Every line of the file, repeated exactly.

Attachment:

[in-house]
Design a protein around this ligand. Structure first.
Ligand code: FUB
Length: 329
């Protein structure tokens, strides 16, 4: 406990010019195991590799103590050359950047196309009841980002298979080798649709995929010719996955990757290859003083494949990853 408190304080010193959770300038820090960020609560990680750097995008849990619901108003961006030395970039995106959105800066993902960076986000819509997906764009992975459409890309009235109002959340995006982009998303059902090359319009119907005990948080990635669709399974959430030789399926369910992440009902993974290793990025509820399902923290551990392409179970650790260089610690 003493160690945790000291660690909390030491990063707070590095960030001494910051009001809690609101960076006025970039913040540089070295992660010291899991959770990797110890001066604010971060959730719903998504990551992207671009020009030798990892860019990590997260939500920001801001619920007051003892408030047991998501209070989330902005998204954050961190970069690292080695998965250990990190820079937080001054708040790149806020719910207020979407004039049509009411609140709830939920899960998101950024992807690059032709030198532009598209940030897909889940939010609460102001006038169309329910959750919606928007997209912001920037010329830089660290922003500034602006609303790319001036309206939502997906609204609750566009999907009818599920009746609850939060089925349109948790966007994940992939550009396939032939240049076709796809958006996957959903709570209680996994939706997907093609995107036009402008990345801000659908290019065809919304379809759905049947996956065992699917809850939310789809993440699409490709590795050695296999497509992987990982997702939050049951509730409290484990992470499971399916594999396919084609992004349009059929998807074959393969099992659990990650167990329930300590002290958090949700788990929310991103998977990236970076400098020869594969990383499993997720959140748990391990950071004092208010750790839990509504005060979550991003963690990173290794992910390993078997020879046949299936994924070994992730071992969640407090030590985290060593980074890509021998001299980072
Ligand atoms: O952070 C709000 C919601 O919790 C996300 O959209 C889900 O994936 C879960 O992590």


[in-house]
Design a protein around this ligand. Structure first.
Ligand code: FUB
Length: 329
């Protein structure tokens, strides 16, 4: 406990010019195991590799103590050359950047196309009841980002298979080798649709995929010719996955990757290859003083494949990853 408190304080010193959770300038820090960020609560990680750097995008849990619901108003961006030395970039995106959105800066993902960076986000819509997906764009992975459409890309009235109002959340995006982009998303059902090359319009119907005990948080990635669709399974959430030789399926369910992440009902993974290793990025509820399902923290551990392409179970650790260089610690 003493160690945790000291660690909390030491990063707070590095960030001494910051009001809690609101960076006025970039913040540089070295992660010291899991959770990797110890001066604010971060959730719903998504990551992207671009020009030798990892860019990590997260939500920001801001619920007051003892408030047991998501209070989330902005998204954050961190970069690292080695998965250990990190820079937080001054708040790149806020719910207020979407004039049509009411609140709830939920899960998101950024992807690059032709030198532009598209940030897909889940939010609460102001006038169309329910959750919606928007997209912001920037010329830089660290922003500034602006609303790319001036309206939502997906609204609750566009999907009818599920009746609850939060089925349109948790966007994940992939550009396939032939240049076709796809958006996957959903709570209680996994939706997907093609995107036009402008990345801000659908290019065809919304379809759905049947996956065992699917809850939310789809993440699409490709590795050695296999497509992987990982997702939050049951509730409290484990992470499971399916594999396919084609992004349009059929998807074959393969099992659990990650167990329930300590002290958090949700788990929310991103998977990236970076400098020869594969990383499993997720959140748990391990950071004092208010750790839990509504005060979550991003963690990173290794992910390993078997020879046949299936994924070994992730071992969640407090030590985290060593980074890509021998001299980072
Ligand atoms: O952070 C709000 C919601 O919790 C996300 O959209 C889900 O994936 C879960 O992590």